Ant-Man and the Wasp: Quantumania

#Review: Ant-Man and the Wasp: Quantumania

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It’s time for the little guy to take on his biggest villain yet, as Ant-Man (Paul Rudd) goes up against Kang the Conqueror (Jonathan Majors) in Ant-Man and the Wasp: Quantumania. In this latest adventure, Scott is living the life now as a celebrated Avenger. He saved the universe, has a loving girlfriend and has written a book. Nothing can stop him now, well except maybe a multidimensional despot out to conquer the known multiverse. Luckily, Scott has the whole Pym family and his daughter by his side.

You’re an interesting man, Scott Lang

Honestly, I’m disappointed in this film. Touting itself as the beginning of a new dynasty, setting up a threat that rivals Thanos and all it does is remind me, that Jonathan Majors is a gem. I don’t like Ant-Man and the Wasp: Quantumania, it’s toothless and feels like a Disney ride instead of an actual story with stakes and characters.

The film is also riddled with a universe of plot holes. From character motivations to the rules established in previous films, Ant-Man and the Wasp: Quantumania is surprisingly dull. The world that Scott, Cassie, Hope, Janet and Hank find themselves in is filled with character archetypes. There’s a bunch of uninteresting rebels, there are literal faceless minions so you don’t have to worry about the moral ambiguity of a young teenage girl killing. On top of this is a film fighting against its best aspect, its villain.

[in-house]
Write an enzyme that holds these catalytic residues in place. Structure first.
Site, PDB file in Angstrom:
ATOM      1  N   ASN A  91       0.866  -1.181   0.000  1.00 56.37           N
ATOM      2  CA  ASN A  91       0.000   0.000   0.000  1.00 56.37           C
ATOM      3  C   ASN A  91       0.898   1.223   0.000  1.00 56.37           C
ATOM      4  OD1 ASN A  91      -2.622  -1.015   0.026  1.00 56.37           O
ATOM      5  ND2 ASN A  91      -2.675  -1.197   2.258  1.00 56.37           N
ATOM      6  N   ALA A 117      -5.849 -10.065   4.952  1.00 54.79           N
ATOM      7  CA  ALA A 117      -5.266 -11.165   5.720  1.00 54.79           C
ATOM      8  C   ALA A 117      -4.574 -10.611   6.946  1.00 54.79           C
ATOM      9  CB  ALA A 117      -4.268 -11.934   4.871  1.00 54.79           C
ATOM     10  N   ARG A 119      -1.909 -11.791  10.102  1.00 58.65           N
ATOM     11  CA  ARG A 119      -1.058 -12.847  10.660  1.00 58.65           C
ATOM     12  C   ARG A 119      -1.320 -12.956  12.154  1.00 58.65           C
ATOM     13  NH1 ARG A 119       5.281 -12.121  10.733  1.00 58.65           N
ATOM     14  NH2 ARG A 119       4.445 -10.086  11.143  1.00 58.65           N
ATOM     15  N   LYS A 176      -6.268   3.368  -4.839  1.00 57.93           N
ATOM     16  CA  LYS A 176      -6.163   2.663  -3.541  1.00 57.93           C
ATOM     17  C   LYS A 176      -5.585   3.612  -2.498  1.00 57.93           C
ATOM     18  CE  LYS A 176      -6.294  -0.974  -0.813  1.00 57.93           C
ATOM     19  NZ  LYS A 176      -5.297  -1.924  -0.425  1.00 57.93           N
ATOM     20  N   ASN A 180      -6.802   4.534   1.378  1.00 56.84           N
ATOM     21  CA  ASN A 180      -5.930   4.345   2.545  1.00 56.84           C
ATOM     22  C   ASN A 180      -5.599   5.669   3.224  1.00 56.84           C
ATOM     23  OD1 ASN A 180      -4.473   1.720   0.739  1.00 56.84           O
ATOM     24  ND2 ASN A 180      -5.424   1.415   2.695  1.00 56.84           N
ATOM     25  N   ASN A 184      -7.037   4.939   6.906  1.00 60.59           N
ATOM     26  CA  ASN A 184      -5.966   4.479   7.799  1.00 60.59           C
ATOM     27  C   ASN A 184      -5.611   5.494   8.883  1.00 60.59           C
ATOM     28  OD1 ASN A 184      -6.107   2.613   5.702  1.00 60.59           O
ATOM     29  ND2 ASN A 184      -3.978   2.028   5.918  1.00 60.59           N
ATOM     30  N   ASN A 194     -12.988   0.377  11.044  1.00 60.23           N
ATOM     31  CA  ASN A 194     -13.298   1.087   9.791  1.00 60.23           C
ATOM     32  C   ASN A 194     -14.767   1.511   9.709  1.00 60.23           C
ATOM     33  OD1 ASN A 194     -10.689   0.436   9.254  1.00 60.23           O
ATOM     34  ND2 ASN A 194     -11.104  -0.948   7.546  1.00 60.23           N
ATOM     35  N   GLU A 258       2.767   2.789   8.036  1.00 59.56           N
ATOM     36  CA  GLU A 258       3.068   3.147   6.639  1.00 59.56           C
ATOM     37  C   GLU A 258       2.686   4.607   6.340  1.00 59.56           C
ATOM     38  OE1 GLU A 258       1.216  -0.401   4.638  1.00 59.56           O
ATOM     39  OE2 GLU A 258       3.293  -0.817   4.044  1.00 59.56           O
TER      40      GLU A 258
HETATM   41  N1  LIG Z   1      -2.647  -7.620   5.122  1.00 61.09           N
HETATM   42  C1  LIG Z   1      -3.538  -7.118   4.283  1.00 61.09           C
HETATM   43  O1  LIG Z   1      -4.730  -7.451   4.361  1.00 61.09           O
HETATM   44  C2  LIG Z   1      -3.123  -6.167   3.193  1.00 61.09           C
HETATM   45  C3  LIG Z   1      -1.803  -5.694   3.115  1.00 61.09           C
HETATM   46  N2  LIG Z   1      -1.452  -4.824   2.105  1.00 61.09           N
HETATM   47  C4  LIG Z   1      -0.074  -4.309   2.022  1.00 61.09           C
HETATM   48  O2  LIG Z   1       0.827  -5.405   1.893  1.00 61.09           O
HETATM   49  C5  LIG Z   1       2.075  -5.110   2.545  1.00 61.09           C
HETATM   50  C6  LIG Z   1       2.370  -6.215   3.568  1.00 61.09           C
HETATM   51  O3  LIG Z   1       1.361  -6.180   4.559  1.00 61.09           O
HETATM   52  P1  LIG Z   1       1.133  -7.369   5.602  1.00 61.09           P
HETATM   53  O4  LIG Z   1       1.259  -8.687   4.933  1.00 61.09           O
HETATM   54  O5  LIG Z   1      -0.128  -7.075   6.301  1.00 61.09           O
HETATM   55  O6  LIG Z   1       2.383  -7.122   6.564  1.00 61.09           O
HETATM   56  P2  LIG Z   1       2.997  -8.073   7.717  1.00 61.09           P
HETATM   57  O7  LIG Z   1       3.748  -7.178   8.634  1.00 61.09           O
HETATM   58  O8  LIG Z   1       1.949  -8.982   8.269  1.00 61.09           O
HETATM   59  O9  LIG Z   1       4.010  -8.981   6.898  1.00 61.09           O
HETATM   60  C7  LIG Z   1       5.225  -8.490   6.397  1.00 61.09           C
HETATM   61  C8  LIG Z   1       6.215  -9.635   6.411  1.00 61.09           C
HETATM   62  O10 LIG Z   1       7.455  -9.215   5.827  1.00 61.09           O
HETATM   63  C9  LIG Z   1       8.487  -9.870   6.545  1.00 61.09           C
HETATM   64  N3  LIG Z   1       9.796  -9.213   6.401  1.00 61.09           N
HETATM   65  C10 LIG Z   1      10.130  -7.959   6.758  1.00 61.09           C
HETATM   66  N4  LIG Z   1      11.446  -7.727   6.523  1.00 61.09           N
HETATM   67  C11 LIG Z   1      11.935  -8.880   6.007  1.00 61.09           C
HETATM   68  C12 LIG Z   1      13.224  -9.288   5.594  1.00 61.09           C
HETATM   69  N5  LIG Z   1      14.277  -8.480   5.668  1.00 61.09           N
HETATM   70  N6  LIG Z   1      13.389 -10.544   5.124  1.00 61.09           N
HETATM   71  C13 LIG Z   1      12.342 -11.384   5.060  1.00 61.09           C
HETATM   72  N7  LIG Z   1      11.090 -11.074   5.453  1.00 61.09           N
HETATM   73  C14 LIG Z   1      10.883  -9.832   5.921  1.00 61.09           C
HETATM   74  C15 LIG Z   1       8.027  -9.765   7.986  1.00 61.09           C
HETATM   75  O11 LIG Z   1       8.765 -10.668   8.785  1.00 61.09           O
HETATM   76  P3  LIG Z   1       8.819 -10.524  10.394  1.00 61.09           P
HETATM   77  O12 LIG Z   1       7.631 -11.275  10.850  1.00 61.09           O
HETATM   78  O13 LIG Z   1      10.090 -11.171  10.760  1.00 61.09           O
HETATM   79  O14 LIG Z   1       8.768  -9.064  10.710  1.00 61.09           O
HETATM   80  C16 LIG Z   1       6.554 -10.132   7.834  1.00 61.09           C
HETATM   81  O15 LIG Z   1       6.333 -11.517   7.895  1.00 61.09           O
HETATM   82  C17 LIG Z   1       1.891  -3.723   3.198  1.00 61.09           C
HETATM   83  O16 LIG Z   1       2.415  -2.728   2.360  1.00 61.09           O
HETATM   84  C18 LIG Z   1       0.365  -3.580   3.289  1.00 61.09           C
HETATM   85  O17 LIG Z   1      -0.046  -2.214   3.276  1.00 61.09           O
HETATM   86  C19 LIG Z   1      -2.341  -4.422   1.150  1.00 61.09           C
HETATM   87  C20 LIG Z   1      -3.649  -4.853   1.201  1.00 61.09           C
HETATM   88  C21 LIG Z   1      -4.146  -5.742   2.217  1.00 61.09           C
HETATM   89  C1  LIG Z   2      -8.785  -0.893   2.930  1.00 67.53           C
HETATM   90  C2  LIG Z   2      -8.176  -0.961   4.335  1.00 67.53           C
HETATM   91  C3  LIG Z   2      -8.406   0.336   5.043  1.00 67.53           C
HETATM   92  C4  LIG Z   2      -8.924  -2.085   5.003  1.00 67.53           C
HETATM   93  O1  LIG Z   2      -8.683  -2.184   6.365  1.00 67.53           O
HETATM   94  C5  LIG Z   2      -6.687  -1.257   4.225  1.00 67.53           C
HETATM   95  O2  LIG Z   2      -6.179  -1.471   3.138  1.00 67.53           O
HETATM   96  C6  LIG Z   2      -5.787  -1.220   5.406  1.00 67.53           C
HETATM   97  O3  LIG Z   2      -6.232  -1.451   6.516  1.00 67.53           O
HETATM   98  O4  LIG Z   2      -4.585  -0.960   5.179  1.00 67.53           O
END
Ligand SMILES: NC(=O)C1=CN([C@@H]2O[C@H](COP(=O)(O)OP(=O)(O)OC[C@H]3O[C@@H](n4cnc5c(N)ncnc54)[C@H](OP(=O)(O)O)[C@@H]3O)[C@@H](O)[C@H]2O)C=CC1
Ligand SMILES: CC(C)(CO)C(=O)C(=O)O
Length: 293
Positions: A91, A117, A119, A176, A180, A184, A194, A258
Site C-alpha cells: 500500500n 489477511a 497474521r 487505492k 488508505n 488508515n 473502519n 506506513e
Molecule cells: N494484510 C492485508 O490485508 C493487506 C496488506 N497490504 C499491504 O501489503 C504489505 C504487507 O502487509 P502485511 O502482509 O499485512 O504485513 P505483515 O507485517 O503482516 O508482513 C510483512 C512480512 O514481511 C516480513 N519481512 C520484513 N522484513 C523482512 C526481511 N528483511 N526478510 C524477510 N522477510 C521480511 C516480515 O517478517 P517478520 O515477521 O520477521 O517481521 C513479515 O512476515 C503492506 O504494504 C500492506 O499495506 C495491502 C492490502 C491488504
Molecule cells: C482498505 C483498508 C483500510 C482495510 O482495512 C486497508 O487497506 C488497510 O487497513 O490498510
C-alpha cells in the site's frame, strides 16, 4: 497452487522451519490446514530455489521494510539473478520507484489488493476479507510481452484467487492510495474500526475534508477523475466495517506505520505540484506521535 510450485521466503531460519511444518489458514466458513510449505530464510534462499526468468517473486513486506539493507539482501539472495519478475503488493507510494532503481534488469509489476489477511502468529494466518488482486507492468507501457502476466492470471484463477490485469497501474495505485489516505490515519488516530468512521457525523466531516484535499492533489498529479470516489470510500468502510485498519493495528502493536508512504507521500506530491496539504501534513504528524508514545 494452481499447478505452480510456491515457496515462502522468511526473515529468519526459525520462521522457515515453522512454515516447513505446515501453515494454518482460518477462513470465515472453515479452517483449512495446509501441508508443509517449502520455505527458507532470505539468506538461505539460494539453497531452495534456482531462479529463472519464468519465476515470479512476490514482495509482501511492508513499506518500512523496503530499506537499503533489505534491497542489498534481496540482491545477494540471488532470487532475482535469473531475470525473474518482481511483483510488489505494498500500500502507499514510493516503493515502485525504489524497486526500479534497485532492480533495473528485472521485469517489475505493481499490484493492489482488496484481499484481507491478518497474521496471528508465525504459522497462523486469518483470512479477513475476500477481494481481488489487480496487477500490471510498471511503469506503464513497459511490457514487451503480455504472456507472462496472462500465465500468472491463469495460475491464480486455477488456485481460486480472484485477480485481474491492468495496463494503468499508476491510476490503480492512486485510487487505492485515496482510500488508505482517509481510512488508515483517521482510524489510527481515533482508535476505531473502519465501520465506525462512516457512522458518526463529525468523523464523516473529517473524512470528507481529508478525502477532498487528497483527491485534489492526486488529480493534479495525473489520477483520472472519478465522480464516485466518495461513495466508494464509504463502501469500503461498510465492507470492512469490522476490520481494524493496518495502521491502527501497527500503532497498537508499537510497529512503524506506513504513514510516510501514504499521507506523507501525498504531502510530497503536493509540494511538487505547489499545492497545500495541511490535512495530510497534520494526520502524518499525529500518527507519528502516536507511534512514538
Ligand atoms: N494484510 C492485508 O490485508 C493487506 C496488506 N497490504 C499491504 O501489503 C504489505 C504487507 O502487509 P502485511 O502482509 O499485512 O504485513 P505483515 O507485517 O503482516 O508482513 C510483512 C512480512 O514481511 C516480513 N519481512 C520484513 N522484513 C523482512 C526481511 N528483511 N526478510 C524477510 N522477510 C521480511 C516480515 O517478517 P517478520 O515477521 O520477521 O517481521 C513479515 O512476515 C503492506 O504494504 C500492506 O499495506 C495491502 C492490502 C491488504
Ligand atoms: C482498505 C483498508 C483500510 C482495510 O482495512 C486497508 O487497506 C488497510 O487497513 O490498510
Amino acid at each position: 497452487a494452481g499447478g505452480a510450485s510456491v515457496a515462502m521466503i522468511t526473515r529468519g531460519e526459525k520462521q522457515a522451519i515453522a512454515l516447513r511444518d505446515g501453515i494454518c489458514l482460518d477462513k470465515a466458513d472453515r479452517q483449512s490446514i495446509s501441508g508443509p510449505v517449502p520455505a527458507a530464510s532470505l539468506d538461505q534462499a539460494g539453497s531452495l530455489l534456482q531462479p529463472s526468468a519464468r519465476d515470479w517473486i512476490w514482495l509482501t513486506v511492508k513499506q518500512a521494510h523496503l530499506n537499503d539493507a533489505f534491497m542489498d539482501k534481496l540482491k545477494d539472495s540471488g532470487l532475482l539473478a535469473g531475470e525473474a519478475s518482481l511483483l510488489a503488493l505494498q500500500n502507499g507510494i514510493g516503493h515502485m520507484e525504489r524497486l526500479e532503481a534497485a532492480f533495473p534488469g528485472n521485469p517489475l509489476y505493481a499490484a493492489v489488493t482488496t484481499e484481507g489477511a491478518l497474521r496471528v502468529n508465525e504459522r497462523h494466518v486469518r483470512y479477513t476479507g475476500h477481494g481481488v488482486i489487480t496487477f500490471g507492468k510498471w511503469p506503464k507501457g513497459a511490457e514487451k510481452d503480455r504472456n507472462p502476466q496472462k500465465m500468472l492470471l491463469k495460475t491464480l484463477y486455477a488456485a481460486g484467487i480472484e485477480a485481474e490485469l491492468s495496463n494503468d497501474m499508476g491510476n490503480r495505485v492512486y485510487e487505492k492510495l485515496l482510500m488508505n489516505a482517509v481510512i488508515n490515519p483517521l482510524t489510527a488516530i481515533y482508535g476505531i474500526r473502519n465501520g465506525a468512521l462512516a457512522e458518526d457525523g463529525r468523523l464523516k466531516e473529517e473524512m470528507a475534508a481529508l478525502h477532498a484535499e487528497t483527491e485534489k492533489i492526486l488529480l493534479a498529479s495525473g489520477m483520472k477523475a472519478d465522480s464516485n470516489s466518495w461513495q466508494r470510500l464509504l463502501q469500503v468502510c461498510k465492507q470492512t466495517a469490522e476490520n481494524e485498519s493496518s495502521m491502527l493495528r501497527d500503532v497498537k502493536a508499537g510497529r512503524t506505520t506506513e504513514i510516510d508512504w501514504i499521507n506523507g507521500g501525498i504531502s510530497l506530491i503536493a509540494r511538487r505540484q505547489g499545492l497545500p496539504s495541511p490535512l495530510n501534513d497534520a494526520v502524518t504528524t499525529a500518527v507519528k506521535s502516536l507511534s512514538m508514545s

Kang the Conqueror is outstanding, he lives up to the hype set up in Loki and then some. Majors is firing on all cylinders and dominates every scene he is in. It’s unfortunate on so many levels though. First of all, the film has no idea what to do with such a powerful character. He seems completely unstoppable in the beginning, then by the end of the film, they literally pull something out of their ass and I found myself, internally screaming, how? This comes down to the film not giving a compelling and well-written way to defeat him.

The film also has a design that is nothing particularly engaging. If you’ve watched a recent Star Wars project or you’ve watched Disney’s Strange World, you will recognise a lot of what is going on here structurally and design-wise. On top of that, the CGI is inconsistent. Sometimes it looks decent, at other times you can tell something is off. The best example is the cartoonish M.O.D.O.K. At times he looks fine, most of the time though he looks goofy, which is a real shame because M.O.D.OK. can be a visually impressive character.

I will say on a rare positive for this film, there are interesting moments dotted within the film. Kang’s backstory is compelling, Majors and Pfeiffer work well together and have a great rapport. Rudd also has several great moments, that showcase how sweet a person Scott is. The other two Pyms in particular Michael Douglas’ Hank Pym, have nothing to do. Hank is used as a deus ex machina and Hope (Evangeline Lilly) is an extra gunslinger in the final battle.

Ultimately, Ant-Man and the Wasp: Quantumania is an unimpressive mess of a film, that fails its villain, perhaps one of the best villains in the MCU.

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